The Dynamics and Control Research Group focuses on capturing, understanding, and controlling the dynamic behaviour of structures and systems. Through fundamental developments in analytical and numerical methods and in experimental testing techniques, the Group provides tools to model and optimise the dynamic behaviour of structures. Experimental testing is conducted in the state-of-the-art BLADE, (Bristol Laboratory For Advanced Dynamics Engineering) facilities.
The group has a variety of projects funded by the EPSRC and other funding bodies, as well as projects with collaboration and funding from industry.
The Group’s research activities span fundamental engineering science, where new insights are developed and experimentally tested, to applied research. These activities are split into four overlapping themes:
The Group is developing and applying new analysis tools for understanding the complex dynamic behaviour exhibited by nonlinear structures. In addition to giving new insights into the mechanisms behind these complex behaviours, this work is allowing system identification methods to be developed allowing models to be refined and validated using experimental data.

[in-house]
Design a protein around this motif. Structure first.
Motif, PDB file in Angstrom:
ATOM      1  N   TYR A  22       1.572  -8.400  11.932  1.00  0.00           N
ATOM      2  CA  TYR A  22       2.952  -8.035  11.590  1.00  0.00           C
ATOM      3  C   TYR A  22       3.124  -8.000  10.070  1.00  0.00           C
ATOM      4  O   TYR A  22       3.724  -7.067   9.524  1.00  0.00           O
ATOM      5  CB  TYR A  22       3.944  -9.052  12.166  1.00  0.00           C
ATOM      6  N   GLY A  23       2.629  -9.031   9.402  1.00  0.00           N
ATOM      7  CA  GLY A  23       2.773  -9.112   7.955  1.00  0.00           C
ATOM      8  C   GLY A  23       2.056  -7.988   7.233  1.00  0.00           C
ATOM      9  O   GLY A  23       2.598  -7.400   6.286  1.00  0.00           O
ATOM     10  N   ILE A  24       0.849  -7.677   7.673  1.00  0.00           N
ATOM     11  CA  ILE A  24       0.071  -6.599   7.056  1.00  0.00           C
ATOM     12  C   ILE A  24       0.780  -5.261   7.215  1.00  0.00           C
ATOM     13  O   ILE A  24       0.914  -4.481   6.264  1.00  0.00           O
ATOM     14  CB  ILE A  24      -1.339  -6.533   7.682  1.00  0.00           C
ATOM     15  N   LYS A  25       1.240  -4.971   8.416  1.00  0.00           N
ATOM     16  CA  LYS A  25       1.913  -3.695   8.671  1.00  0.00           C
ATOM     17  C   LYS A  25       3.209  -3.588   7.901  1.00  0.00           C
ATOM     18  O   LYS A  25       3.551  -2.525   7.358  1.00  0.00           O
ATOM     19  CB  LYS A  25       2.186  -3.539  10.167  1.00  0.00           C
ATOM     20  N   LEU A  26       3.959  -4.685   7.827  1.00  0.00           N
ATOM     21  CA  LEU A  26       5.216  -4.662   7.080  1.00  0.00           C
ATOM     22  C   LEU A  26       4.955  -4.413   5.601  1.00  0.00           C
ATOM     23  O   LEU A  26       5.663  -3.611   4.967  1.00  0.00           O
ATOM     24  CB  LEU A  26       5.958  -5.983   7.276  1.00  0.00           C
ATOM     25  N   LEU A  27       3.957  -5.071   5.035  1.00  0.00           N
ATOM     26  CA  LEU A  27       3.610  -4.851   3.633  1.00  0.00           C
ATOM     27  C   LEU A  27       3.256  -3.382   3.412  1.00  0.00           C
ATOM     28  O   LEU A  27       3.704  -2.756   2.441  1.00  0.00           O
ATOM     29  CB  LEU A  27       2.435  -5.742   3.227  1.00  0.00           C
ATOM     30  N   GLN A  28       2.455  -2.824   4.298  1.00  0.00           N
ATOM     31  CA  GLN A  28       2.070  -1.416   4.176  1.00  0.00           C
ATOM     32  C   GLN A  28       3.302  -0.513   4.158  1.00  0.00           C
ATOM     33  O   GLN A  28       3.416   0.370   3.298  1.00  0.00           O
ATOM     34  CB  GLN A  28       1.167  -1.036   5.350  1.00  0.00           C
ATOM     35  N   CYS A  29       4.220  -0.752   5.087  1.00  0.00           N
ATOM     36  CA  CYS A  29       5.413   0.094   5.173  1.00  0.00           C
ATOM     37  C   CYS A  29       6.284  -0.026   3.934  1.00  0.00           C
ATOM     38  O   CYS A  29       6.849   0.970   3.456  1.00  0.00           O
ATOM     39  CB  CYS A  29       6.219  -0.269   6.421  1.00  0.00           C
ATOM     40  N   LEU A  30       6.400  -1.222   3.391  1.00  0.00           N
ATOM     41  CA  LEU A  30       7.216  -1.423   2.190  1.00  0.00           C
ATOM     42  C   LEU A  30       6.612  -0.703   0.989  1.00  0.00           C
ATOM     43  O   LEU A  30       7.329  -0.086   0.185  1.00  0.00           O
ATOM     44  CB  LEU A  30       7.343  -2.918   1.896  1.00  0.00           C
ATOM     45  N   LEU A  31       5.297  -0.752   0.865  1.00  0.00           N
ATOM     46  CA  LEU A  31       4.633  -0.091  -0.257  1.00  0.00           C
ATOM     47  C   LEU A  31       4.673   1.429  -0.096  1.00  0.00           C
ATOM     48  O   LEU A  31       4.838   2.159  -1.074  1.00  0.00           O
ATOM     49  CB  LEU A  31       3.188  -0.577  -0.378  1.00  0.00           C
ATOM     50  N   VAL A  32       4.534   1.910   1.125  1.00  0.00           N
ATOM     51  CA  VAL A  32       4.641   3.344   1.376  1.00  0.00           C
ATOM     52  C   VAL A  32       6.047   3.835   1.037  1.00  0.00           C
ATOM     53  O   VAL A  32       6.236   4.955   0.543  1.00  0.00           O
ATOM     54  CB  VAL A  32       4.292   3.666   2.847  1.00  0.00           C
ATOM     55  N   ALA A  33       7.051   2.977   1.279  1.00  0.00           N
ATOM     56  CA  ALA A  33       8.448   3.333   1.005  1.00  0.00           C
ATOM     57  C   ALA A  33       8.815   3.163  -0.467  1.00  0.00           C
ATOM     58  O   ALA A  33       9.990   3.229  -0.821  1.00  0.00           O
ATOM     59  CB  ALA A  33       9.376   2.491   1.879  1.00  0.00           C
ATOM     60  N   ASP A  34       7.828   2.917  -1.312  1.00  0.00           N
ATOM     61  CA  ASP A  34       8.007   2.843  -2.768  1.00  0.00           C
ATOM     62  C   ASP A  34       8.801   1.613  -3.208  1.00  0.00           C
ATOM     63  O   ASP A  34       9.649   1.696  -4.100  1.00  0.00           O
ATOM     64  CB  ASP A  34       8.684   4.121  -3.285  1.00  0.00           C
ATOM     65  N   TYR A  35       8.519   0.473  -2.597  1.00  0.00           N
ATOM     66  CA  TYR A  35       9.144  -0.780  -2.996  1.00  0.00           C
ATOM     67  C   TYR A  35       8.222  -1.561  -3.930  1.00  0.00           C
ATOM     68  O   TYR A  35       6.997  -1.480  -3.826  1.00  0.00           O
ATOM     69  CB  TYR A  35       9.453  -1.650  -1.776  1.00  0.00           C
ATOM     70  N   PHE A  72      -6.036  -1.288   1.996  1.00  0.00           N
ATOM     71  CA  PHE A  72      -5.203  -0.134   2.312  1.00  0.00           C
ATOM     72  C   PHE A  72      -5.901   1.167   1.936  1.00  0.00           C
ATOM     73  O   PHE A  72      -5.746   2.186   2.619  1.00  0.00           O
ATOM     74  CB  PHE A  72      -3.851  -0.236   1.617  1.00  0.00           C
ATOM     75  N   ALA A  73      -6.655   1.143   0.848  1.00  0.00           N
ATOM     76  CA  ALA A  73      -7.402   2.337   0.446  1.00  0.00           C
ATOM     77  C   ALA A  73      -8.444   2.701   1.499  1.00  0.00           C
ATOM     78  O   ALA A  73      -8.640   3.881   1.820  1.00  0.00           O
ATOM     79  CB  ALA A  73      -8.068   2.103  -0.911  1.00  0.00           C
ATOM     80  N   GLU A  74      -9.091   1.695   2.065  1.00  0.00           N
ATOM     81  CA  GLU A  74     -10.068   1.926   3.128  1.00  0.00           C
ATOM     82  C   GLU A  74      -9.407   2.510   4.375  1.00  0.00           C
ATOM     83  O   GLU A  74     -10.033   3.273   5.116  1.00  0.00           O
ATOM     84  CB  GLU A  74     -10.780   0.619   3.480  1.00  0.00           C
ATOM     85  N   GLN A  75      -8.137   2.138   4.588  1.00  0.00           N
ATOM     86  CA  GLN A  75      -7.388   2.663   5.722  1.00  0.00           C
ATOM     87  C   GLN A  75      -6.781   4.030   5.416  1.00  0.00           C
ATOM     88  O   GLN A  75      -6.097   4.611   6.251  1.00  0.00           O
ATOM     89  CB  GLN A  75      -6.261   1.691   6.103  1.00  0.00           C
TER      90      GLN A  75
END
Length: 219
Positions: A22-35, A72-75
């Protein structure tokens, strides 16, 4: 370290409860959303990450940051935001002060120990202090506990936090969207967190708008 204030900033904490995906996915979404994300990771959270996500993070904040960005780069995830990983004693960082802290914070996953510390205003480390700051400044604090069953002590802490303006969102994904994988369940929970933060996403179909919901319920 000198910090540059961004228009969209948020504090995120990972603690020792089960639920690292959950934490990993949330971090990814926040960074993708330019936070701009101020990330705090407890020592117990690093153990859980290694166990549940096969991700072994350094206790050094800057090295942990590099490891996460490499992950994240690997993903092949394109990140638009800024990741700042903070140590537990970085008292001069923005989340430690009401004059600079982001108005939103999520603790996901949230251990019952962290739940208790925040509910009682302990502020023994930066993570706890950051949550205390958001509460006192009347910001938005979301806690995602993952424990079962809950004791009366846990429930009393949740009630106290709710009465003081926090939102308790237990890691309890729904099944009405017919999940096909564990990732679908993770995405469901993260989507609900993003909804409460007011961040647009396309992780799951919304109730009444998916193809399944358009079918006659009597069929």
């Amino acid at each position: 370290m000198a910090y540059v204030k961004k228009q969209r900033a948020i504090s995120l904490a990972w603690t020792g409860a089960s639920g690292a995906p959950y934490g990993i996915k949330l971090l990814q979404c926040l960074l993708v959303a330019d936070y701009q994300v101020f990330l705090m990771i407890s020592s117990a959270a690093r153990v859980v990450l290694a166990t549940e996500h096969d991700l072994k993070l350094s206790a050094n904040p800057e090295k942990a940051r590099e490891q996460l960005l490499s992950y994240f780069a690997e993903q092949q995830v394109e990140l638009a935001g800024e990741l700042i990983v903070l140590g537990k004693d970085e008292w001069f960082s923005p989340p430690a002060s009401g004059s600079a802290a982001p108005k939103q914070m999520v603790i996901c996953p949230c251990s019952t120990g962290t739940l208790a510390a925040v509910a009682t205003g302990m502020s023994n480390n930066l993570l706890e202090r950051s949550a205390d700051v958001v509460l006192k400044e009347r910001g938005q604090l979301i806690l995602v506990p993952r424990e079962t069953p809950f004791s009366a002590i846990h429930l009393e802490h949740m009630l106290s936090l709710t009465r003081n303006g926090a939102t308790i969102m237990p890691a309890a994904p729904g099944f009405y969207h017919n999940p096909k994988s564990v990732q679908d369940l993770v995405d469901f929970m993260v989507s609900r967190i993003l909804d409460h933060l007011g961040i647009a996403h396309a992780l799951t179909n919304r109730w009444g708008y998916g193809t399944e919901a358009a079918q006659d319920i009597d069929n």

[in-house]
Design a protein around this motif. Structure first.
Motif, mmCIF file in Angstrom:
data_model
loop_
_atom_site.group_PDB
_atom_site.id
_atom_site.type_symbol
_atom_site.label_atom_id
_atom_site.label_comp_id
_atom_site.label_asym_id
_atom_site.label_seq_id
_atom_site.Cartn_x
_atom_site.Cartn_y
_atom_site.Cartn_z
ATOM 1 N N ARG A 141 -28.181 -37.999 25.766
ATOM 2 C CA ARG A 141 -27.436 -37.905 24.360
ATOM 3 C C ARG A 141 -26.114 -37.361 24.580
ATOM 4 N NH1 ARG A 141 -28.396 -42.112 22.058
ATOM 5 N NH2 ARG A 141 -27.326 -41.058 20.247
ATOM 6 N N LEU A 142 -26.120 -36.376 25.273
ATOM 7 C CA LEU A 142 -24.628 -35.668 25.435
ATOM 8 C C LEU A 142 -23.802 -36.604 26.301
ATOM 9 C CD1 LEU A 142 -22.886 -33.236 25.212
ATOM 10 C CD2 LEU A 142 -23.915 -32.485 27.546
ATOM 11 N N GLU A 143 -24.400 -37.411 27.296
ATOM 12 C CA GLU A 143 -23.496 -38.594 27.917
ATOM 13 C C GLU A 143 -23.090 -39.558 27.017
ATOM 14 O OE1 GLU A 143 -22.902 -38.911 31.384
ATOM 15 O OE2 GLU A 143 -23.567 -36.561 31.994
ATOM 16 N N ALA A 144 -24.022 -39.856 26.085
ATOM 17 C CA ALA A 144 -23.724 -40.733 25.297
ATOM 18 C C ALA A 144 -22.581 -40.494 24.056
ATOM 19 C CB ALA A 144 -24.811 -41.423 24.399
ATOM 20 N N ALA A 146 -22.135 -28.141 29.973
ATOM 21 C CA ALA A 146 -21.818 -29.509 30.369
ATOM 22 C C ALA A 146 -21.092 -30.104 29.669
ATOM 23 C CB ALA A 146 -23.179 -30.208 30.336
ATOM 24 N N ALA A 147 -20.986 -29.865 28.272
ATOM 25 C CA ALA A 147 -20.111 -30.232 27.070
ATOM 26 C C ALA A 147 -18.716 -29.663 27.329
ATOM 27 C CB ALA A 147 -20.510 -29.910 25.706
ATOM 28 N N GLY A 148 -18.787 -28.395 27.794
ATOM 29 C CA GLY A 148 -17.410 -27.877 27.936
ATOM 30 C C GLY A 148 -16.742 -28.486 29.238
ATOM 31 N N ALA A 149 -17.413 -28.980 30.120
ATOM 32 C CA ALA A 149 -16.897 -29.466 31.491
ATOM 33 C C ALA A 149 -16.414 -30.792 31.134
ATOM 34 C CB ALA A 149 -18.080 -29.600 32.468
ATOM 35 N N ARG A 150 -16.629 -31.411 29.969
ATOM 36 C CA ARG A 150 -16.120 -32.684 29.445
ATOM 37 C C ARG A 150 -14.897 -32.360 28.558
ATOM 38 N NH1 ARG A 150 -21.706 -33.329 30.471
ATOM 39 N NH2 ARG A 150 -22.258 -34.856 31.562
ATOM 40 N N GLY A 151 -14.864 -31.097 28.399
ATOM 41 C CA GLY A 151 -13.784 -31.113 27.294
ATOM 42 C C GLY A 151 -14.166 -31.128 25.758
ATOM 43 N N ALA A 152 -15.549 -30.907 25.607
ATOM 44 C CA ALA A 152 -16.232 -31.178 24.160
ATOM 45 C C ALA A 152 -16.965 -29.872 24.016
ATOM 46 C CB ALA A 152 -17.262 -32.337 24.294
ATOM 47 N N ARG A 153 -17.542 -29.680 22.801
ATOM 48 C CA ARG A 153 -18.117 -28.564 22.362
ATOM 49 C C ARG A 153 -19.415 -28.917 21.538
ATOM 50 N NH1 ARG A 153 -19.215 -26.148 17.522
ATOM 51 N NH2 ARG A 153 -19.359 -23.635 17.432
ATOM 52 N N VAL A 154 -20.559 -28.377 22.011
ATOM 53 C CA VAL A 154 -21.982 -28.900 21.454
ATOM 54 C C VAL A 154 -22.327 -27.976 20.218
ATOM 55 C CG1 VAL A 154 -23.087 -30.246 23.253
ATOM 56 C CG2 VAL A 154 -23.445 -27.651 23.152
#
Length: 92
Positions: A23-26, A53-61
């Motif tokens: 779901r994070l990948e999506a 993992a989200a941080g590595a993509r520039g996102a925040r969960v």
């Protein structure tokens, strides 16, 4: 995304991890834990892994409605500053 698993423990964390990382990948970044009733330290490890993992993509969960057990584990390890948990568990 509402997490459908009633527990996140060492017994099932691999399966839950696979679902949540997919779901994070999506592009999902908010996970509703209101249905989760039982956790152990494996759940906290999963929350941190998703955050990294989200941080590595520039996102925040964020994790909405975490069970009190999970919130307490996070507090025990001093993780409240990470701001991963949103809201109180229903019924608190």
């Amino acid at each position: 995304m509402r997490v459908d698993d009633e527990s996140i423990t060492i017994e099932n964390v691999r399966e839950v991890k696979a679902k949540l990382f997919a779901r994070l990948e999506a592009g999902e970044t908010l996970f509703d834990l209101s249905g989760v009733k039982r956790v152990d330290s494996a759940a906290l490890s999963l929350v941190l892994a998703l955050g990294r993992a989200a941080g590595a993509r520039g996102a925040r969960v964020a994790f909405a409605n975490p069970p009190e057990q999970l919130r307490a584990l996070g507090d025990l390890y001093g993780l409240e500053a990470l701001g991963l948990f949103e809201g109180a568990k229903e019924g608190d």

The work in this area involves developing vibration suppression devices for a range of applications including suspension systems and building dynamics. The use of inerters, which generate a force proportional to a relative acceleration within suppression devices, is being investigated. This work has, for example, led to the proposal of a tuned-inerter-damper to overcome some of the limitations of the commonly used tuned-mass-damper. In addition novel damping devices are being developed.
In addition to validating new theoretical insights made by the Group, there is also development of new experimental testing methods. These techniques include developing real-time dynamic substructuring (or hybrid testing), a method for testing part of a structure experimentally and the remainder numerically and novel modal testing methods.
Control research centres around automotive and aircraft dynamics and control for advanced dynamics testing. Techniques employed include model predictive, H-infinity, adaptive control strategies and work is also conducted on distributed control setups.
A further major activity within the group, and in collaboration with the Fluids and Aerodynamics Group, is aeroelasticity, where the interaction between the aerodynamic loads on an aircraft and structural deflections are considered.
The dynamics and control research activity is concerned with research problems relating to modelling, simulation and control of civil, mechanical and aerospace engineering systems.